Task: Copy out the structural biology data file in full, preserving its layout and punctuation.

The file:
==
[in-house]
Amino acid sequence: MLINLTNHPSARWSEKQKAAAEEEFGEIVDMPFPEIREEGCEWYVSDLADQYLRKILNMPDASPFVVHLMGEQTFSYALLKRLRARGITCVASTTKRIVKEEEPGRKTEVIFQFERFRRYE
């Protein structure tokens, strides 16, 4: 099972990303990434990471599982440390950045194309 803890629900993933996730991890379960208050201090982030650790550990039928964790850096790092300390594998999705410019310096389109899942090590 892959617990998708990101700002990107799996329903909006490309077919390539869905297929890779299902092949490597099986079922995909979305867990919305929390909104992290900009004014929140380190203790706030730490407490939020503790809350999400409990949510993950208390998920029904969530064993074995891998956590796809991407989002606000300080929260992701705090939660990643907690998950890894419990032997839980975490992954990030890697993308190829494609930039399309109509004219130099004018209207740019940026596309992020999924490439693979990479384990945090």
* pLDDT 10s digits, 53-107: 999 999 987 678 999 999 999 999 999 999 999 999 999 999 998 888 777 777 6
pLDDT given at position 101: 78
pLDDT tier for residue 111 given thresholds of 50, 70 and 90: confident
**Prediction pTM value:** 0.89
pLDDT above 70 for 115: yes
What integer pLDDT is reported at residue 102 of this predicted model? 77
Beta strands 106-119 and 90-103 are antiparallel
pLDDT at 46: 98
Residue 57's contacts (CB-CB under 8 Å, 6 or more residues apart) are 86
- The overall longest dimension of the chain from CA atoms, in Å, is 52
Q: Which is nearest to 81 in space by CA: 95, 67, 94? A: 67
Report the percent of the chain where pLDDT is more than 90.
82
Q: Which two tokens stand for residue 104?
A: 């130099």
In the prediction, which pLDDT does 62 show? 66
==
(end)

[in-house]
Amino acid sequence: MLINLTNHPSARWSEKQKAAAEEEFGEIVDMPFPEIREEGCEWYVSDLADQYLRKILNMPDASPFVVHLMGEQTFSYALLKRLRARGITCVASTTKRIVKEEEPGRKTEVIFQFERFRRYE
């Protein structure tokens, strides 16, 4: 099972990303990434990471599982440390950045194309 803890629900993933996730991890379960208050201090982030650790550990039928964790850096790092300390594998999705410019310096389109899942090590 892959617990998708990101700002990107799996329903909006490309077919390539869905297929890779299902092949490597099986079922995909979305867990919305929390909104992290900009004014929140380190203790706030730490407490939020503790809350999400409990949510993950208390998920029904969530064993074995891998956590796809991407989002606000300080929260992701705090939660990643907690998950890894419990032997839980975490992954990030890697993308190829494609930039399309109509004219130099004018209207740019940026596309992020999924490439693979990479384990945090």
* pLDDT 10s digits, 53-107: 999 999 987 678 999 999 999 999 999 999 999 999 999 999 998 888 777 777 6
pLDDT given at position 101: 78
pLDDT tier for residue 111 given thresholds of 50, 70 and 90: confident
**Prediction pTM value:** 0.89
pLDDT above 70 for 115: yes
What integer pLDDT is reported at residue 102 of this predicted model? 77
Beta strands 106-119 and 90-103 are antiparallel
pLDDT at 46: 98
Residue 57's contacts (CB-CB under 8 Å, 6 or more residues apart) are 86
- The overall longest dimension of the chain from CA atoms, in Å, is 52
Q: Which is nearest to 81 in space by CA: 95, 67, 94? A: 67
Report the percent of the chain where pLDDT is more than 90.
82
Q: Which two tokens stand for residue 104?
A: 């130099």
In the prediction, which pLDDT does 62 show? 66